UK’s female part-time workforce pays price for caring

The
UK has one of the highest rates of part-time work in Europe and a very wide gap
between the pay of women who work part-time and men who work full-time,
according to a new report.

The
Equal Opportunities Commission (EOC) and the DTI’s Women and Equality Unit’s
Advancing Women in the Workplace: statistical analysis, shows that women are
still at a significant disadvantage in the workplace in the UK and across
Europe. It also reveals that in the UK in 2001, 24 per cent of all workers (6.6
million people) worked part-time – the second-highest percentage in Europe
after The Netherlands (42 per cent). The European average is 18 per cent.

The
majority of part-time workers are women (81 per cent across Europe, 82 per cent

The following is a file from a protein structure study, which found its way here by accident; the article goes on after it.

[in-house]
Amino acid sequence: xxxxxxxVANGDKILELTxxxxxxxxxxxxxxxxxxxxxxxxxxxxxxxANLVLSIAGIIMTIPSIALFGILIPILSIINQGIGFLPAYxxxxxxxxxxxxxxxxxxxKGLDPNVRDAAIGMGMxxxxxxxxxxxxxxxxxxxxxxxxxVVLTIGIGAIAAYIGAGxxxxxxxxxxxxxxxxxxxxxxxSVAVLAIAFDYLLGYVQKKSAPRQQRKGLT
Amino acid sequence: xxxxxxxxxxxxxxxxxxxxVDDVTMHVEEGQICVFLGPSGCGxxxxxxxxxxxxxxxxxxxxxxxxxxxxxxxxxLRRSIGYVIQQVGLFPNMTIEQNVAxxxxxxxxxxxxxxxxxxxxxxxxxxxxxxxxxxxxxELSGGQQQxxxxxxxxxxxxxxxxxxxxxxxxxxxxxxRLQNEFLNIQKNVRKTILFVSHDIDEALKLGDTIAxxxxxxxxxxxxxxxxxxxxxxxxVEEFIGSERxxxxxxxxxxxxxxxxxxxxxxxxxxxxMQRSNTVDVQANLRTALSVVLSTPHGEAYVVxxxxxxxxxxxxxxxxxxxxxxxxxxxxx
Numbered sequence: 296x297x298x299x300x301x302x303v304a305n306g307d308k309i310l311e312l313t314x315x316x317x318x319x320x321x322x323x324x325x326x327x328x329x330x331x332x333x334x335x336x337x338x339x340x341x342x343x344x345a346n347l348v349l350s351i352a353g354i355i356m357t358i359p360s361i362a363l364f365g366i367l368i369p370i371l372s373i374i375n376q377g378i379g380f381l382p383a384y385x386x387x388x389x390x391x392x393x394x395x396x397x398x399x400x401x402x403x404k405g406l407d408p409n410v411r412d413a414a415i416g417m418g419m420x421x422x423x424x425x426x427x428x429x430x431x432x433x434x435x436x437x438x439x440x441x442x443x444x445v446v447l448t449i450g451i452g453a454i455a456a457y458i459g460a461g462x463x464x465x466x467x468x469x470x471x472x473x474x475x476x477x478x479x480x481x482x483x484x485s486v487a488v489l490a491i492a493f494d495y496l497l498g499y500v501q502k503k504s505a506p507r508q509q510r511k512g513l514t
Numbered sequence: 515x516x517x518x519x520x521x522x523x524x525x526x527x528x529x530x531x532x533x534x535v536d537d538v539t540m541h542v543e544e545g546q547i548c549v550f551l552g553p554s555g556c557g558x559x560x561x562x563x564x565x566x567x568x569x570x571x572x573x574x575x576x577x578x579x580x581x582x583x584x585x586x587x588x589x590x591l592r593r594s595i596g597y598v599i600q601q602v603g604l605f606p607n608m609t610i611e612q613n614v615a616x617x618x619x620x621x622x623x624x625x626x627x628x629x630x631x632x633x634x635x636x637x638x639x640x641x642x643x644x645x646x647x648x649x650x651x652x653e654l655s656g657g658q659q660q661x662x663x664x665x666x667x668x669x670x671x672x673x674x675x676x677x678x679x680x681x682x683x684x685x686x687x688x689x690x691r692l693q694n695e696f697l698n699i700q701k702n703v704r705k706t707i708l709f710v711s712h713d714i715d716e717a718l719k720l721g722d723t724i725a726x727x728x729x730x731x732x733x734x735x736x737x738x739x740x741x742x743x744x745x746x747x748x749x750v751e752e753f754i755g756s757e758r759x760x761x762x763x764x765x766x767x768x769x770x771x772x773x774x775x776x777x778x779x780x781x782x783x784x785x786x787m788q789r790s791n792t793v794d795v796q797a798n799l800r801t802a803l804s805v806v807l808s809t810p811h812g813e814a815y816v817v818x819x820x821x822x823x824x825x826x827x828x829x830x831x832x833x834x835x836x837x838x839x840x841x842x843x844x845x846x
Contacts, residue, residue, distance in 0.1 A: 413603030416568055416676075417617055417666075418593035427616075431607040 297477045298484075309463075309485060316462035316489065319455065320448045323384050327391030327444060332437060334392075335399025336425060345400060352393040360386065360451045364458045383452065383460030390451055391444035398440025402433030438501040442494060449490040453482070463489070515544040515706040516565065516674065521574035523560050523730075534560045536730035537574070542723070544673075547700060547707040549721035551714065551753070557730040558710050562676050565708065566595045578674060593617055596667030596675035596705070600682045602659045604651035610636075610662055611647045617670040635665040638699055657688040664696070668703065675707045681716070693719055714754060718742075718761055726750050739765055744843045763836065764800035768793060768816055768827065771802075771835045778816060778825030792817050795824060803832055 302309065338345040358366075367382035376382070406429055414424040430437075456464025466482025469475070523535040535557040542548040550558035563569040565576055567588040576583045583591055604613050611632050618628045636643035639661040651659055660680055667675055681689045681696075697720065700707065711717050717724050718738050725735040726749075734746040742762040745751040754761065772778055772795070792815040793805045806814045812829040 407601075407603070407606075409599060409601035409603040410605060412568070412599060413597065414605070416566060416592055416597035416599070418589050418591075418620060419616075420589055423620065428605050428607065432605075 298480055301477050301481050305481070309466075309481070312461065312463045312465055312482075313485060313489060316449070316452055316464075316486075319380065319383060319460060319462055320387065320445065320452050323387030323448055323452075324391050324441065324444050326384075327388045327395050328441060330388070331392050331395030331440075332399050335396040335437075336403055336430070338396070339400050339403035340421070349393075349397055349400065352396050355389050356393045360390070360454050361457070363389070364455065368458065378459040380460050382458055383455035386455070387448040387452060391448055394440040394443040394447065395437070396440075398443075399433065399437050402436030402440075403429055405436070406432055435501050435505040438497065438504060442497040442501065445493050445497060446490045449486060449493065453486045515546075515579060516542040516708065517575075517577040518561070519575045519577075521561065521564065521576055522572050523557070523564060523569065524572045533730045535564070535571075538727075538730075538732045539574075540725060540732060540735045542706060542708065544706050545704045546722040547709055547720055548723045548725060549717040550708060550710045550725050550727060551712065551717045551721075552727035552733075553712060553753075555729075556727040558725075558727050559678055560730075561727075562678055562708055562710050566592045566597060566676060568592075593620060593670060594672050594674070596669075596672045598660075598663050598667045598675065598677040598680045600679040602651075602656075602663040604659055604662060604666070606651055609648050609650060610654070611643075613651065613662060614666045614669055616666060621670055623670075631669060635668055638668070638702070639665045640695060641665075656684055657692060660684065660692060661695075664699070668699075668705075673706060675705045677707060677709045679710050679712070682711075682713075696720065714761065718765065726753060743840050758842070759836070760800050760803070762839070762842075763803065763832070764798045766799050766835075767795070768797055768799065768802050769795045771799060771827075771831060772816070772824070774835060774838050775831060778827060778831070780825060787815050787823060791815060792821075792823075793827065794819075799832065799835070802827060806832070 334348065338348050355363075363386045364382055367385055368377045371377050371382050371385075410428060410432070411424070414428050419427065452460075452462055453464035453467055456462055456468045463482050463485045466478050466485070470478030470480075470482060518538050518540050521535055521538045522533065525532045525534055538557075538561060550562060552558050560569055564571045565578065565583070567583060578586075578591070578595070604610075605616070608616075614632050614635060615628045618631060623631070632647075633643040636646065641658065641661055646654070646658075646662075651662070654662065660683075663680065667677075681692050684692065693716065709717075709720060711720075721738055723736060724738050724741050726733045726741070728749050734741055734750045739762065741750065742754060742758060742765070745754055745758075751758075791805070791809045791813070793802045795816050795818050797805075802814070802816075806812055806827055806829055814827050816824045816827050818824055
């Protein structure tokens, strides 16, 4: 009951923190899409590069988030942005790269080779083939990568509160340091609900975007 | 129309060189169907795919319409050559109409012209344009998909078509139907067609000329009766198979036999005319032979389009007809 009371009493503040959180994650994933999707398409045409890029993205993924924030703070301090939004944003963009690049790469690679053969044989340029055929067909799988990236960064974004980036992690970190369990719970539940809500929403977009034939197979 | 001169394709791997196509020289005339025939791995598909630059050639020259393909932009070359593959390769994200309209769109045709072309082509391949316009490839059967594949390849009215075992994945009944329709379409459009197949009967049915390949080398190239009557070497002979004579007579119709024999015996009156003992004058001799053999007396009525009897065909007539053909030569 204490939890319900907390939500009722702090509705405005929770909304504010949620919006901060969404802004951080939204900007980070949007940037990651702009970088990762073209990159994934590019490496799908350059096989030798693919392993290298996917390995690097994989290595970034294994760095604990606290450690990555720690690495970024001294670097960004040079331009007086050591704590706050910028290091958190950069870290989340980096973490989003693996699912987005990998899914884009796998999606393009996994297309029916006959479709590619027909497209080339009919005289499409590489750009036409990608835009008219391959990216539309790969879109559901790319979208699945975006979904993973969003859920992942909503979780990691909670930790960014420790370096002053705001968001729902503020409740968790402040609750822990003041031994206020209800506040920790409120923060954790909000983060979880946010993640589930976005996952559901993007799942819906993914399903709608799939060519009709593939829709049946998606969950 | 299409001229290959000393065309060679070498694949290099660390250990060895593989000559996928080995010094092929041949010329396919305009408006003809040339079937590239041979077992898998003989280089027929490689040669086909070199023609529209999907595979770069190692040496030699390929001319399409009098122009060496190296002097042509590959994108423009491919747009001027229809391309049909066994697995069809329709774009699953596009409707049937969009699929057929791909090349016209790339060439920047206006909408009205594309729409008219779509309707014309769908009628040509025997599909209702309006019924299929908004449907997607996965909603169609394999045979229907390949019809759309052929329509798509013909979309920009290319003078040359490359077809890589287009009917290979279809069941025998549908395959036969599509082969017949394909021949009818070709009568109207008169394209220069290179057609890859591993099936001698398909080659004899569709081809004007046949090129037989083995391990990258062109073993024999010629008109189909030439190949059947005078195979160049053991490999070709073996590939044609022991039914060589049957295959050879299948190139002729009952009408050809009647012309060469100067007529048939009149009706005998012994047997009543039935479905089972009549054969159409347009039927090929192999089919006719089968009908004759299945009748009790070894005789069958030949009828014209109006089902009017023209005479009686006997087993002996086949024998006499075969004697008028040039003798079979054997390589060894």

in the UK). In 2003, women working part-time earned just 60 per cent of the
average hourly rate of men who worked full-time.

Commenting
on the study, Julie Mellor, chair of the EOC, said: "The most common
reason for working part-time is the time spent caring for a child or adult. And
it is clear that women in the UK are still paying a high price for taking on
these caring responsibilities. The average woman working part-time earns 40 per
cent less for every hour she works than a man working full-time.

"The
gap between the pay of part-time and full-time workers can partly be explained
by the unwillingness of some employers to allow women in senior positions to
work part-time. This means some women end up taking jobs lower down the ladder
than where they were before having children, and their employers lose out on
the valuable skills and experience they have acquired.

"A
more positive attitude toward part-time and flexible work arrangements at all
levels would help close the gap between women’s and men’s pay as well as
helping companies retain staff and save millions in recruitment and training
costs as a result."

By Quentin Reade

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